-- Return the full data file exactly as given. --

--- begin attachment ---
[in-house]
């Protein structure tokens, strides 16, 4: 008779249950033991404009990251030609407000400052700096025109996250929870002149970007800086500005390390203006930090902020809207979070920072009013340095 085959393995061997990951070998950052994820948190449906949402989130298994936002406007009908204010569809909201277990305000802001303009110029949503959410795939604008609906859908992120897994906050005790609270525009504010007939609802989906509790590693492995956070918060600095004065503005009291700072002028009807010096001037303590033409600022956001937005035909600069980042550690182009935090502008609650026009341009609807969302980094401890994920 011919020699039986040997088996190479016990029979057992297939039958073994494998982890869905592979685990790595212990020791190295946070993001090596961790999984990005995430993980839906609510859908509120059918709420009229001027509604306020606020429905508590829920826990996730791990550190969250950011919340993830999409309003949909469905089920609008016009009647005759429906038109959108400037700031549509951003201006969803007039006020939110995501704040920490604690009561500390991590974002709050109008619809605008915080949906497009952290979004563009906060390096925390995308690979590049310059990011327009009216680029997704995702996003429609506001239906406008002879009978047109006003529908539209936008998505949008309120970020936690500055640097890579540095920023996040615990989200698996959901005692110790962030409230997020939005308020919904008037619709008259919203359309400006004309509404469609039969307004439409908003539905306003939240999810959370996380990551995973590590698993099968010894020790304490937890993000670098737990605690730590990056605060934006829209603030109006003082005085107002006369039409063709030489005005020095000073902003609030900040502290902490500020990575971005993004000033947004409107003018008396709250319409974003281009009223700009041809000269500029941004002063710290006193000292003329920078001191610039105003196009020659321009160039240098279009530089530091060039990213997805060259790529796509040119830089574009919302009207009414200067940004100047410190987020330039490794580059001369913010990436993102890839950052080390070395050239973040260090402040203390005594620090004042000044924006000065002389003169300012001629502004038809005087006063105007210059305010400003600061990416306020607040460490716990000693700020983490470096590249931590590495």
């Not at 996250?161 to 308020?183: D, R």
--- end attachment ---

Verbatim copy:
[in-house]
């Protein structure tokens, strides 16, 4: 008779249950033991404009990251030609407000400052700096025109996250929870002149970007800086500005390390203006930090902020809207979070920072009013340095 085959393995061997990951070998950052994820948190449906949402989130298994936002406007009908204010569809909201277990305000802001303009110029949503959410795939604008609906859908992120897994906050005790609270525009504010007939609802989906509790590693492995956070918060600095004065503005009291700072002028009807010096001037303590033409600022956001937005035909600069980042550690182009935090502008609650026009341009609807969302980094401890994920 011919020699039986040997088996190479016990029979057992297939039958073994494998982890869905592979685990790595212990020791190295946070993001090596961790999984990005995430993980839906609510859908509120059918709420009229001027509604306020606020429905508590829920826990996730791990550190969250950011919340993830999409309003949909469905089920609008016009009647005759429906038109959108400037700031549509951003201006969803007039006020939110995501704040920490604690009561500390991590974002709050109008619809605008915080949906497009952290979004563009906060390096925390995308690979590049310059990011327009009216680029997704995702996003429609506001239906406008002879009978047109006003529908539209936008998505949008309120970020936690500055640097890579540095920023996040615990989200698996959901005692110790962030409230997020939005308020919904008037619709008259919203359309400006004309509404469609039969307004439409908003539905306003939240999810959370996380990551995973590590698993099968010894020790304490937890993000670098737990605690730590990056605060934006829209603030109006003082005085107002006369039409063709030489005005020095000073902003609030900040502290902490500020990575971005993004000033947004409107003018008396709250319409974003281009009223700009041809000269500029941004002063710290006193000292003329920078001191610039105003196009020659321009160039240098279009530089530091060039990213997805060259790529796509040119830089574009919302009207009414200067940004100047410190987020330039490794580059001369913010990436993102890839950052080390070395050239973040260090402040203390005594620090004042000044924006000065002389003169300012001629502004038809005087006063105007210059305010400003600061990416306020607040460490716990000693700020983490470096590249931590590495």
């Not at 996250?161 to 308020?183: D, R």